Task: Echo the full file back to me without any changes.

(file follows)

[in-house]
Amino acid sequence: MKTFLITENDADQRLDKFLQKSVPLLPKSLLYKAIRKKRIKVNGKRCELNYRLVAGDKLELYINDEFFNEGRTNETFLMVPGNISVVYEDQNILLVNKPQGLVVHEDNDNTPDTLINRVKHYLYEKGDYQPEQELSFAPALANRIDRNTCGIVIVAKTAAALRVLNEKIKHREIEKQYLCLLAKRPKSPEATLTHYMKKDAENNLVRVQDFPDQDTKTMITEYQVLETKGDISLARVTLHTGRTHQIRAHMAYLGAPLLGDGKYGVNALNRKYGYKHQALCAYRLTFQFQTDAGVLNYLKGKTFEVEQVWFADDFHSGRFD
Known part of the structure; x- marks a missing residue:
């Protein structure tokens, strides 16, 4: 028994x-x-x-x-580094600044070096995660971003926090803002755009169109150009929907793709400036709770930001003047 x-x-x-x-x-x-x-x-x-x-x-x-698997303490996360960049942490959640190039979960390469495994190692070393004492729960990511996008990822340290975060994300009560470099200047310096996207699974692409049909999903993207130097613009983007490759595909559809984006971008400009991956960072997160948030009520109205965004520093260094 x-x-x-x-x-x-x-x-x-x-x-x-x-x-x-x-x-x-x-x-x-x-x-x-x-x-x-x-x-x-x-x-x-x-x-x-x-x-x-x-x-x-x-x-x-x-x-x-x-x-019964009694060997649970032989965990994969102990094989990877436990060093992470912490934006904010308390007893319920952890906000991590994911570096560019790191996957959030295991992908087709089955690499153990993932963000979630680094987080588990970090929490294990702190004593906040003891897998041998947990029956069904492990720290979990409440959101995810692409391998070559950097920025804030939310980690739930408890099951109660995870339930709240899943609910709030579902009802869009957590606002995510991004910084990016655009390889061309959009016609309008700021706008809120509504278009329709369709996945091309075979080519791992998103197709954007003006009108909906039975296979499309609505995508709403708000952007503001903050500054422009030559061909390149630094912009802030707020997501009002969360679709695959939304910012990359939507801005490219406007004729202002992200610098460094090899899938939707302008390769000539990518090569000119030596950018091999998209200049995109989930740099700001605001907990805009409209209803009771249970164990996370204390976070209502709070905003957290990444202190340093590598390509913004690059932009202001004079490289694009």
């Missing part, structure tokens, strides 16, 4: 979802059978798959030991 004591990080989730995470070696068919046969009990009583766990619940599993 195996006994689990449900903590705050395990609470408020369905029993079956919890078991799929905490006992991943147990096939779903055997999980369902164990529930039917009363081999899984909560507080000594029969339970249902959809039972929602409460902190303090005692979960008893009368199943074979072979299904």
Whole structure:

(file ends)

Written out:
[in-house]
Amino acid sequence: MKTFLITENDADQRLDKFLQKSVPLLPKSLLYKAIRKKRIKVNGKRCELNYRLVAGDKLELYINDEFFNEGRTNETFLMVPGNISVVYEDQNILLVNKPQGLVVHEDNDNTPDTLINRVKHYLYEKGDYQPEQELSFAPALANRIDRNTCGIVIVAKTAAALRVLNEKIKHREIEKQYLCLLAKRPKSPEATLTHYMKKDAENNLVRVQDFPDQDTKTMITEYQVLETKGDISLARVTLHTGRTHQIRAHMAYLGAPLLGDGKYGVNALNRKYGYKHQALCAYRLTFQFQTDAGVLNYLKGKTFEVEQVWFADDFHSGRFD
Known part of the structure; x- marks a missing residue:
């Protein structure tokens, strides 16, 4: 028994x-x-x-x-580094600044070096995660971003926090803002755009169109150009929907793709400036709770930001003047 x-x-x-x-x-x-x-x-x-x-x-x-698997303490996360960049942490959640190039979960390469495994190692070393004492729960990511996008990822340290975060994300009560470099200047310096996207699974692409049909999903993207130097613009983007490759595909559809984006971008400009991956960072997160948030009520109205965004520093260094 x-x-x-x-x-x-x-x-x-x-x-x-x-x-x-x-x-x-x-x-x-x-x-x-x-x-x-x-x-x-x-x-x-x-x-x-x-x-x-x-x-x-x-x-x-x-x-x-x-x-019964009694060997649970032989965990994969102990094989990877436990060093992470912490934006904010308390007893319920952890906000991590994911570096560019790191996957959030295991992908087709089955690499153990993932963000979630680094987080588990970090929490294990702190004593906040003891897998041998947990029956069904492990720290979990409440959101995810692409391998070559950097920025804030939310980690739930408890099951109660995870339930709240899943609910709030579902009802869009957590606002995510991004910084990016655009390889061309959009016609309008700021706008809120509504278009329709369709996945091309075979080519791992998103197709954007003006009108909906039975296979499309609505995508709403708000952007503001903050500054422009030559061909390149630094912009802030707020997501009002969360679709695959939304910012990359939507801005490219406007004729202002992200610098460094090899899938939707302008390769000539990518090569000119030596950018091999998209200049995109989930740099700001605001907990805009409209209803009771249970164990996370204390976070209502709070905003957290990444202190340093590598390509913004690059932009202001004079490289694009």
């Missing part, structure tokens, strides 16, 4: 979802059978798959030991 004591990080989730995470070696068919046969009990009583766990619940599993 195996006994689990449900903590705050395990609470408020369905029993079956919890078991799929905490006992991943147990096939779903055997999980369902164990529930039917009363081999899984909560507080000594029969339970249902959809039972929602409460902190303090005692979960008893009368199943074979072979299904």
Whole structure: